Creating a logical and simple list of terms to apply to your content will solve many of these issues.

As ever, we need to ask ourselves about success and proving value. We have written about success criteria previously and this is a great opportunity to practice putting a list together. Think about it! If every criterion has to be clear, measurable and specific, what quantitative and qualitative data can you collect to demonstrate a label implementation project's success?

For instance, if more people are able to find topics of interest, more people will add them to their alerts and newsletters. You can demonstrate that n% more of your end users are finding and subscribing to content. Once you have the figures, you can start collecting success stories and testimonials. These can all feed into your annual reports, project plans, case studies and other valuable promotional documentation. 

technology adoption is only as good as the success criteria

Getting started on your labelling project 

We have discussed examples of organisational KOS. Depending on what you already have in place will impact the scope of your labelling project. If you have an effective subject-based library classification system, you have a great starting point. 

But be honest with yourself. Does it work for the non-information-qualified end users? Does your BD team have a more user-friendly system? Or what do your departmental knowledge professionals use?

But first, where are you at? Let’s ensure you have a team and a timeline in place.

  • Who is taking the lead on the project? You need someone who will take ownership and manage the timeline. The project will slip without a manager, a timeline, and associated goals. 
  • Who is involved in the project? You need administrators, end users, and other stakeholders represented. They will bring valuable insights and the more you involve people, the more invested they will be.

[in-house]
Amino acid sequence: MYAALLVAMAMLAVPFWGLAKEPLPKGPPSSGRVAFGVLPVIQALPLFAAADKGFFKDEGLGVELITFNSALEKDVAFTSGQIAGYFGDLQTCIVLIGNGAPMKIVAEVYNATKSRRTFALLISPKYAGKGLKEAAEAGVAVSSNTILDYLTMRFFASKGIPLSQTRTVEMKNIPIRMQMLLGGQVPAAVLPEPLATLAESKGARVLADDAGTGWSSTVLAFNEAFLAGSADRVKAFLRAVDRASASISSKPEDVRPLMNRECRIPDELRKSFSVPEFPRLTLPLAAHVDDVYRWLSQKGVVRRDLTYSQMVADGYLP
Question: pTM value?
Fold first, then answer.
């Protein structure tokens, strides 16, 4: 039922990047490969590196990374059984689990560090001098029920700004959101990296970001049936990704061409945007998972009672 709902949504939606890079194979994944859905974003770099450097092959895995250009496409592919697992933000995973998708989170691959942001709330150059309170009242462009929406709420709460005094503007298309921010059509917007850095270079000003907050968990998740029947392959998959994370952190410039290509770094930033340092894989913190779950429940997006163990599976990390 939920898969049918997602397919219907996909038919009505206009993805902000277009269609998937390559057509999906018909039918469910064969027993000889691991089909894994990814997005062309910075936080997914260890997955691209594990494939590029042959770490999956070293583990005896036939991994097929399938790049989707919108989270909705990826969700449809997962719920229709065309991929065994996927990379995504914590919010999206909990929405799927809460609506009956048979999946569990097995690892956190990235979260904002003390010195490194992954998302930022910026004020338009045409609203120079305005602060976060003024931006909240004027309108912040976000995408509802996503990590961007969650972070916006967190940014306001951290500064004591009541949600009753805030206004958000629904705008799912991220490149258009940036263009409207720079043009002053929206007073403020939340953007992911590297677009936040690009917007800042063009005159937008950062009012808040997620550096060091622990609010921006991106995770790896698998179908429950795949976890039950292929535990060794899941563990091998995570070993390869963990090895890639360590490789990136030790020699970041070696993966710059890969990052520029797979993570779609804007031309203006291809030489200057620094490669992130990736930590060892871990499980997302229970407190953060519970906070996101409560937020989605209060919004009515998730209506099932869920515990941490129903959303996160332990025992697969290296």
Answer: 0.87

• How much content have you created on your current awareness platform already? Are we talking about thousands of topics or have you just started? Your initial approach depends on where you currently are.
  • What types of topics have you created? I’m thinking about concepts here - how would you flag a weekly curated news round-up about ESG issues? 
  • What level of detail will your labels have? How many levels will be in the label hierarchy? Ultimately, it has to be useful for your end users and give them direction as to what is available.
  • What types of end users are you catering for? Will you be making it public to all your users via a portal, or is it just administrators? At some point, this might change and you will regret not ensuring future readiness. 

Once you have considered all these important issues and have everything in place, you can start getting creative with virtual (or real!) post-it notes!

Develop a clear and concise labelling system

You need to develop a clear and concise labelling system that reflects the content and structure of your current awareness. Consistency is key, so ensure that all labels are applied correctly and that they accurately describe the content.

  1. Teamwork, group sessions, mind mapping, collaborative technologies: Create your terms as a group. Include topic experts, departmental representatives, and knowledge and information specialists to get an initial list of labels and definitions. This is where whiteboards and collaborative applications will be really useful.